Changes to Data.Typeable
marlowsd at gmail.com
Thu Jul 14 16:56:10 CEST 2011
On 11/07/2011 15:25, Gábor Lehel wrote:
> 2011/7/11 Simon Marlow<marlowsd at gmail.com>:
>> On 08/07/2011 17:36, Gábor Lehel wrote:
>>> 2011/7/7 Simon Marlow<marlowsd at gmail.com>:
>> Yes, it's implementation-defined but non-varying. I know some people have
>> objected to these things being outside the IO monad before, but there is
>> already plenty of precedent (System.Info.os, size of Int, isIEEE...).
>> However, if we take it out of IO then it may limit the possible
>> implementations. Would the previous implementation, in which keys were
>> assigned at runtime, still be valid? It is still implementation-defined and
>> non-varying, but only over a single run.
> That's the question. It's in IO now because, while the keys don't vary
> over a single run, they do vary between them. Presumably the new
> version should be 'pure' if and only if that's no longer true. The
> upsides (of not being in IO) are obvious, but unfortunately I don't
> know much at all about the potential downsides in terms of limiting
After talking with Simon Peyton Jones about this, I decided to deprecate
typeRepKey and add Ord instances to TypeRep and TyCon. Given that
typeRepKey isn't returning an Int any more, it isn't adding anything
over a direct Ord instance on TypeRep (we didn't do this before because
the Ord instance would vary from run to run).
So you can now make a Map with TypeRep as the key, however to do this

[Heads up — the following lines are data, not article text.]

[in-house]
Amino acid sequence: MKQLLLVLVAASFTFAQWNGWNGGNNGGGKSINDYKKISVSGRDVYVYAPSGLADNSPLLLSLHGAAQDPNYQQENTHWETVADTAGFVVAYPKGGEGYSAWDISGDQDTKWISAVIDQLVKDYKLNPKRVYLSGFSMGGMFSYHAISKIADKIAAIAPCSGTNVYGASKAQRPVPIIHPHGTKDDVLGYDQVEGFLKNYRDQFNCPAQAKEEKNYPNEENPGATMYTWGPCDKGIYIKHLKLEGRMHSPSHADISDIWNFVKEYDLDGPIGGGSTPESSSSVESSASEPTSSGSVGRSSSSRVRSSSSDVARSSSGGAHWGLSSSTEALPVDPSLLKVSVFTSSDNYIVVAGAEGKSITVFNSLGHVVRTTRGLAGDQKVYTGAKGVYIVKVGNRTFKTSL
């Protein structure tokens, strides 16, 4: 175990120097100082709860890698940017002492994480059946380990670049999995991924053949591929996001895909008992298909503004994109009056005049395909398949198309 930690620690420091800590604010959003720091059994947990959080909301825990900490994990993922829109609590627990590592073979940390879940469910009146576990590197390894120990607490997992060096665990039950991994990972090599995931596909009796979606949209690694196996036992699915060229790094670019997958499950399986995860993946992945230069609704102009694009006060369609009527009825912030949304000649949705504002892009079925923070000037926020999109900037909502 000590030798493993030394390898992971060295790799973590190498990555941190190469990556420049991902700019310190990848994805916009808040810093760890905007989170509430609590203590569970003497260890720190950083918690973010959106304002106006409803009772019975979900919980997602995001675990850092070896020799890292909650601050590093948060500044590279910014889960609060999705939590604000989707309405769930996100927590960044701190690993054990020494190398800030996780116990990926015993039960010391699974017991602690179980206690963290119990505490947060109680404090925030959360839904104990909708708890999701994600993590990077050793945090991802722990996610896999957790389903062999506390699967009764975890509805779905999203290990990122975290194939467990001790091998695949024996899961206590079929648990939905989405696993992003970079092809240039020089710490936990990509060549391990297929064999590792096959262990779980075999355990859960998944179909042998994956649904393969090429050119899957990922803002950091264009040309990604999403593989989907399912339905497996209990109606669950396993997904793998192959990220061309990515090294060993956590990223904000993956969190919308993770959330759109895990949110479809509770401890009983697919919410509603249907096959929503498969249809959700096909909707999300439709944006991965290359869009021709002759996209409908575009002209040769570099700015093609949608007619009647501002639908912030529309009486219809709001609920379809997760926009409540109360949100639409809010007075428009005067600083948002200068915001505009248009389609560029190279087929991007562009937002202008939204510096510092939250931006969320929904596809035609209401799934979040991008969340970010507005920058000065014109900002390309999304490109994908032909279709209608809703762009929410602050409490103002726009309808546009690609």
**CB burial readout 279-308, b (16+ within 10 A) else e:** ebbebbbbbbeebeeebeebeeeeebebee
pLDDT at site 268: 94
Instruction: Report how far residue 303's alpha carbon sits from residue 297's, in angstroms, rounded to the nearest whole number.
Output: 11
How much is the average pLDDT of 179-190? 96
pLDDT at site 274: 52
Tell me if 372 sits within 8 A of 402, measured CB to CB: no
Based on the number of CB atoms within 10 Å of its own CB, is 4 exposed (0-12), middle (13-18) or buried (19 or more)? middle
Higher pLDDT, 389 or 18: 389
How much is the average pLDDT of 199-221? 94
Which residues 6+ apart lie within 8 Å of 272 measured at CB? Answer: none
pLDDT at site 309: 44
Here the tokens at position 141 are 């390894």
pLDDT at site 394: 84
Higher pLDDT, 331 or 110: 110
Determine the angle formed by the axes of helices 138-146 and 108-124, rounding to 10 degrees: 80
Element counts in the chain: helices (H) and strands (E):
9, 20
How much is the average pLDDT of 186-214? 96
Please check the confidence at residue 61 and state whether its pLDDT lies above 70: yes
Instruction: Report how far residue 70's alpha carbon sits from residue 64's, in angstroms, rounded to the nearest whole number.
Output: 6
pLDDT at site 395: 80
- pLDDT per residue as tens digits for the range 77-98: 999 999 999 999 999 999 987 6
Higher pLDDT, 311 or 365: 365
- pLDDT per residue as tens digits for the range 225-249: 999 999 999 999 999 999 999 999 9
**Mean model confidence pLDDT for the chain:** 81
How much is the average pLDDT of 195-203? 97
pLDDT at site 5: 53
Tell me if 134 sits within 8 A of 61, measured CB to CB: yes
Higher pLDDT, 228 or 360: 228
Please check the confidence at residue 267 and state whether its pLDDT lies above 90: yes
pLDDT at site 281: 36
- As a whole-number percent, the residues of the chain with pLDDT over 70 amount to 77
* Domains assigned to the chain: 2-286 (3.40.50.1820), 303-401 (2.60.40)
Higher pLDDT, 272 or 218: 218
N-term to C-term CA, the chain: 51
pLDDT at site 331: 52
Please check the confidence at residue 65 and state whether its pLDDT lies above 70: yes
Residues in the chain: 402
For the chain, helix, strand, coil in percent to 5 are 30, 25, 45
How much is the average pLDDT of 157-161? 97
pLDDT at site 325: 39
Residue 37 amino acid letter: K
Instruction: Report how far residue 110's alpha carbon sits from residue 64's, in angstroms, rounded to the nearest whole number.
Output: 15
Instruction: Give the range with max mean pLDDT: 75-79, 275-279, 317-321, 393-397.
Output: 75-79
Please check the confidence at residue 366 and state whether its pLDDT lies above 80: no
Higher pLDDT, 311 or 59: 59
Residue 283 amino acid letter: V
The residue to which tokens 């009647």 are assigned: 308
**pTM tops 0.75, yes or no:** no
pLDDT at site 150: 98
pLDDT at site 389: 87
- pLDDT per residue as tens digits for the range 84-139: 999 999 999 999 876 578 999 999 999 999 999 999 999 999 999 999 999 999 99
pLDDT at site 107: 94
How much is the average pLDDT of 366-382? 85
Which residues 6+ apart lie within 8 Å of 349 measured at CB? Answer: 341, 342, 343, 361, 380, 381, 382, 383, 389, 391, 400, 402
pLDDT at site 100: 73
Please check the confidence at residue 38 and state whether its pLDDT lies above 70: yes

efficiently you probably want to use a hash map, and make TypeRep
Hashable (easy, just take a chunk of the fingerprint).
>>> Albeit, the use case I had in mind was using Template Haskell to
>>> construct a case statement over the literal Int values of the keys as
>>> determined at compile time (hopefully compiling down to something like
>>> a C switch statement), and I'm not sure if that's going to work if the
>>> keys are no longer Ints. (That it wouldn't compile down to a switch
>>> statement is one thing, but I'm not sure if the code would literally
>>> be possible to write. Maybe it'd need a Lift instance?) Anyway, I
>>> don't think it would hurt to take it out of IO if given the
>>> opportunity, either way.
>> The keys are 128-bit hashes, so it might still be possible to do something
>> like this, but you would need access to the internal representations. I'm
>> planning to expose these via Data.Typeable.Internal (no guarantees about
>> stability of this API, however).
> I was going to suggest that a Lift instance could be provided in
> Language.Haskell.TH.Syntax, but I see now that there's quite a few
> types which could have an instance and don't, so that probably belongs
> in a separate proposal. Just having the internals available will
> hopefully be 'good enough' for the use case I mentioned (which itself
> is not that important, just a nice optimization).
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